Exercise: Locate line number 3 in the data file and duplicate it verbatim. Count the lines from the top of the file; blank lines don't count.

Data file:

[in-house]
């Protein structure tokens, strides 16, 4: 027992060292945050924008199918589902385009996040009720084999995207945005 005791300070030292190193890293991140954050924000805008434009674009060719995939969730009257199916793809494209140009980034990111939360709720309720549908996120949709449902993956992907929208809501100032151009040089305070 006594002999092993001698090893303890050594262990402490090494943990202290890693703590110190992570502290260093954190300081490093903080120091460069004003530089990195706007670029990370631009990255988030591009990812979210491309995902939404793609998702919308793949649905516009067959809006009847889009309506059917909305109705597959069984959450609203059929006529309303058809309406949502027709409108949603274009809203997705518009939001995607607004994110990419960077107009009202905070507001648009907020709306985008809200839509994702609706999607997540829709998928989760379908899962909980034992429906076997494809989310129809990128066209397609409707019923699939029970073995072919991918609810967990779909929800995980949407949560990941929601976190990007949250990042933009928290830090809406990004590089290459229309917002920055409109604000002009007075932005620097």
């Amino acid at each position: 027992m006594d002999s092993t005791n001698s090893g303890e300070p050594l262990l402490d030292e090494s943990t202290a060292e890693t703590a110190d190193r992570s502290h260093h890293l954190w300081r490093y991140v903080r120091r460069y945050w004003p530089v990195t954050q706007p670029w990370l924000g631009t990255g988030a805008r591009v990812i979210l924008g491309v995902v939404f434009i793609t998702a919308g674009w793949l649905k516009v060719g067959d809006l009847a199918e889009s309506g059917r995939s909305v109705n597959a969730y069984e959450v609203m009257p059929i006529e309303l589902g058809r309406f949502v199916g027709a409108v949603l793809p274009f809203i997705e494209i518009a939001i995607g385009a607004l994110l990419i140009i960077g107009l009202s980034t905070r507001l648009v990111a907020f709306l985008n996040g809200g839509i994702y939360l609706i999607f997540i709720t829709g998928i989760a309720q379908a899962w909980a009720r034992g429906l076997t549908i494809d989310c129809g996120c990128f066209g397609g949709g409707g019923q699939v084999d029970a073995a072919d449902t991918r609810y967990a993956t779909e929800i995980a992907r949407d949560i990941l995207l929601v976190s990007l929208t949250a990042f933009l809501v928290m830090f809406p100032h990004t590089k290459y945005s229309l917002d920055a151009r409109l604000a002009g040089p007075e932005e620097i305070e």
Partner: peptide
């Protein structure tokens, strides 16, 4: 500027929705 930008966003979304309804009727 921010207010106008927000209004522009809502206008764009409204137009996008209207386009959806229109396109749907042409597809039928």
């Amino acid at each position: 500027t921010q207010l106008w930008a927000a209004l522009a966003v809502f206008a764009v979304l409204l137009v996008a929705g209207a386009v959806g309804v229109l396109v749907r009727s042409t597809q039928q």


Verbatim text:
């Amino acid at each position: 027992m006594d002999s092993t005791n001698s090893g303890e300070p050594l262990l402490d030292e090494s943990t202290a060292e890693t703590a110190d190193r992570s502290h260093h890293l954190w300081r490093y991140v903080r120091r460069y945050w004003p530089v990195t954050q706007p670029w990370l924000g631009t990255g988030a805008r591009v990812i979210l924008g491309v995902v939404f434009i793609t998702a919308g674009w793949l649905k516009v060719g067959d809006l009847a199918e889009s309506g059917r995939s909305v109705n597959a969730y069984e959450v609203m009257p059929i006529e309303l589902g058809r309406f949502v199916g027709a409108v949603l793809p274009f809203i997705e494209i518009a939001i995607g385009a607004l994110l990419i140009i960077g107009l009202s980034t905070r507001l648009v990111a907020f709306l985008n996040g809200g839509i994702y939360l609706i999607f997540i709720t829709g998928i989760a309720q379908a899962w909980a009720r034992g429906l076997t549908i494809d989310c129809g996120c990128f066209g397609g949709g409707g019923q699939v084999d029970a073995a072919d449902t991918r609810y967990a993956t779909e929800i995980a992907r949407d949560i990941l995207l929601v976190s990007l929208t949250a990042f933009l809501v928290m830090f809406p100032h990004t590089k290459y945005s229309l917002d920055a151009r409109l604000a002009g040089p007075e932005e620097i305070e």